Certified Biomimicry Professional/ Bioartist.
Belgium/ Mexico/ Colombia
Hugo is one of the first of the 30 Biomimicry Professionals worldwide, awarded by the Biomimicry Institute in 2013. He has taken part in grounding research in the field of Biomimicry, travelled to remote locations exploring diversity of ecosystems, including human. Hugo is also an artist, reflecting on his scientific and social learnings through his art.
Hugo has wide marketing and sales management expertise from companies such as Nike, Unilever, IBM and Kimberly Clark in Paris, Spain and Mexico. He is an entrepreneur since 2007 with special focus on sustainable innovation and business. Expert in managing multidisciplinary teams he has developed new systems and methodologies and tools for impact management. Thanks to his international background, his strength relies on his power of adaptation to any context: geographical, cultural or social. His main drive is to encounter planet, people and future generations solutions.
Andrealisa Belzer is a Credentialed Evaluator with a background in Health Education and Biology. She has evaluation experience in NGO’s, various levels of government, as a freelance consultant and volunteer. She is committed to evaluative processes and products that promote collective consciousness and adaptive management for mutual benefit within human- and eco-systems. She is a federal Senior Evaluation Advisor within Indigenous Services Canada, Chairs the Canadian Evaluation Society Sustainability Working Group, serves as president of CES Nova Scotia Chapter, and participates in the EvalPartners EvalIndigenous network as well as Blue Marble Evaluation Network. Fluent in French and German, she is a dual Citizen of Canada and the USA. She is an amateur sprint kayaker and proud mom of two.
Founder of Meráki®; BFA from Universidad de los Andes, Master in Systemic Pedagogy from CUDEC (Mexico), Master in Education for Development and Global Learning from UCL (London). Certified coach, Organizational Systemic trainer (Hellinger Instituut Netherlands) and Master Trainer from INFOSYON (Germany).
Mobilization director at Movilizatorio a Colombian organization, university professor of the Transdisciplinary Master of Systems of Sustainable Life (Universidad Externado de Colombia) and at the EAN University. Founded SysLab® (Systemic Lab), dedicated to research and amplify ‘bio-systemic’ work, a framework she co-created in Colombia. Leadership and systemic thinking consultant.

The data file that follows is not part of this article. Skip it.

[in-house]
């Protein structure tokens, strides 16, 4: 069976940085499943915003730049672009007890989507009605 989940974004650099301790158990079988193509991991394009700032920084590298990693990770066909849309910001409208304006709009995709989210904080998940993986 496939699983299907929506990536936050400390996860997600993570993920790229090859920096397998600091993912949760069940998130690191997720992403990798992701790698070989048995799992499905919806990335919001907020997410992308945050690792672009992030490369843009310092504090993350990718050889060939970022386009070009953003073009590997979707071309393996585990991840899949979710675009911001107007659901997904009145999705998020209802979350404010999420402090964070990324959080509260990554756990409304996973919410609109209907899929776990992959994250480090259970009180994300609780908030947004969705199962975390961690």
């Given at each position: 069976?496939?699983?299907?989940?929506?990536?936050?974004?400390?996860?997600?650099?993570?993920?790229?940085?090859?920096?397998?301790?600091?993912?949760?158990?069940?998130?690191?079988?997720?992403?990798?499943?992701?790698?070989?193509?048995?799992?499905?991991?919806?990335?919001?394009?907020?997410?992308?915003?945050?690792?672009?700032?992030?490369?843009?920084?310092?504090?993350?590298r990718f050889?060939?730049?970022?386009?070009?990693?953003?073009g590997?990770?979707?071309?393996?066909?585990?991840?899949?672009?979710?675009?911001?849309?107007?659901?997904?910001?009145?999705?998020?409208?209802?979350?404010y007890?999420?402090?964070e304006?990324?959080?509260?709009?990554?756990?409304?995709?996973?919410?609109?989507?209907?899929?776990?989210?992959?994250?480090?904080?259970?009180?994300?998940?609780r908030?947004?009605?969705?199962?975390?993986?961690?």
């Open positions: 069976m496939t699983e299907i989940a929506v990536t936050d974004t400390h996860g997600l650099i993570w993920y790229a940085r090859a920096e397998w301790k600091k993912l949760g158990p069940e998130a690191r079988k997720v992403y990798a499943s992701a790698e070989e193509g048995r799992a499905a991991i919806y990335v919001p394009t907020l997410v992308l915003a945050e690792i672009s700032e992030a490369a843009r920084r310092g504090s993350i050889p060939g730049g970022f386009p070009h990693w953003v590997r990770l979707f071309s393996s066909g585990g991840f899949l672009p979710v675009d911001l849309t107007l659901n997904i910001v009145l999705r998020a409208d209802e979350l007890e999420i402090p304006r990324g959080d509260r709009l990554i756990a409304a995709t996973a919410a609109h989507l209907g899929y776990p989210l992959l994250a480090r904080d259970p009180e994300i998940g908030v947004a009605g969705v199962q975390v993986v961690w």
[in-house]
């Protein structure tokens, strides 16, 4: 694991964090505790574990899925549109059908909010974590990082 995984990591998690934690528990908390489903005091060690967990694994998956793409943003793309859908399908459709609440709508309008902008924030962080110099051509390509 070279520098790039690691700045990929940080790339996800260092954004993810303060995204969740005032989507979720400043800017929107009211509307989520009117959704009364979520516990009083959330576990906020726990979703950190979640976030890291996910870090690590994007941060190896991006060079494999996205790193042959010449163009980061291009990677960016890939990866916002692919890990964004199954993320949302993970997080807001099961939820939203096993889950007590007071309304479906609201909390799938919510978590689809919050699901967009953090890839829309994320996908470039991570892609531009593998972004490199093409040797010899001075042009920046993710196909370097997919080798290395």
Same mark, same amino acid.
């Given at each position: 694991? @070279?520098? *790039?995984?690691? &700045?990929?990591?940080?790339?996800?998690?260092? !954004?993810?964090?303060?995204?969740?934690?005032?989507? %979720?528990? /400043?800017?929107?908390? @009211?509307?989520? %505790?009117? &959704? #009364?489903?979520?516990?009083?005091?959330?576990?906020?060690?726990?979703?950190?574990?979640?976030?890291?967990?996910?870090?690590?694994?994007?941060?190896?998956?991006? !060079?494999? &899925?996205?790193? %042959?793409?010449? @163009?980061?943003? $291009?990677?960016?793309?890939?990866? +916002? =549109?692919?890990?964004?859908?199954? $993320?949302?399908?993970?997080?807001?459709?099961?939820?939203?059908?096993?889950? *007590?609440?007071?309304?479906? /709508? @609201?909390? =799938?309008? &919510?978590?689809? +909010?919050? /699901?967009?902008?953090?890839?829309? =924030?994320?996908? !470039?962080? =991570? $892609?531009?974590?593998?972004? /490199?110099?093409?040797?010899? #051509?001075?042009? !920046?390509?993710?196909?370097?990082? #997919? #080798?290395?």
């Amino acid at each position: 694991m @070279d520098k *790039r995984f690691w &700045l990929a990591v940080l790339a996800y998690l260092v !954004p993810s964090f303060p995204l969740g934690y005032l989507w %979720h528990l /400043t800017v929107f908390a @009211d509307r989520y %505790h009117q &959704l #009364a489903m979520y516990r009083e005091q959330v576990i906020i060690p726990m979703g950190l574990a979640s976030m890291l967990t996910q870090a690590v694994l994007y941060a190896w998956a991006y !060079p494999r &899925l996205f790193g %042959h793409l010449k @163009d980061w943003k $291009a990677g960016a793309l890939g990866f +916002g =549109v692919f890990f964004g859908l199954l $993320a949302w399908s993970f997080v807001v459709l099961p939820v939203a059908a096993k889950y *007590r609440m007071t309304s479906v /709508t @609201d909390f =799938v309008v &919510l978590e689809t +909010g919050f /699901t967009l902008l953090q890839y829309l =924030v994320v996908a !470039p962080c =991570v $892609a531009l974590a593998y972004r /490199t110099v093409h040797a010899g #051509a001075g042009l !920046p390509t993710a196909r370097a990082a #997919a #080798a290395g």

Researcher and co-author of national education programs with the Educational Alliance for Colombia. Since 2005 she has worked on social transformation in the framework of the Colombian armed conflict, as an activist, film documentary filmmaker, researcher and photographer. She was one of the founders of the ‘Peace Camp’ and one of the leaders of the 2016 citizen movement. She directs mobilization and communications processes for campaigns such as Colombia Cuida a Colombia, among others. Organizes annually the Vision Quest with Grandmother Margarita and meetings of spiritual relevance.
Katharina grew up in an environment that supported cross-cultural understanding. She has always enjoyed creating intercultural connections and exploring different cultures and view-points. She always felt a deep connection to Mother Earth and all living beings. Nowadays, she sees the need to mediate for the greater good, between people and nature as well as people and people. Hence, she studies “Global Project and Change Management” in the Netherlands. A study which combines research, project management and leadership with the need to change our world for the better. All projects she did were closely related to the SDGs as well as the Earth Charters mission to inspire global responsibility for our ecosystems and all living beings.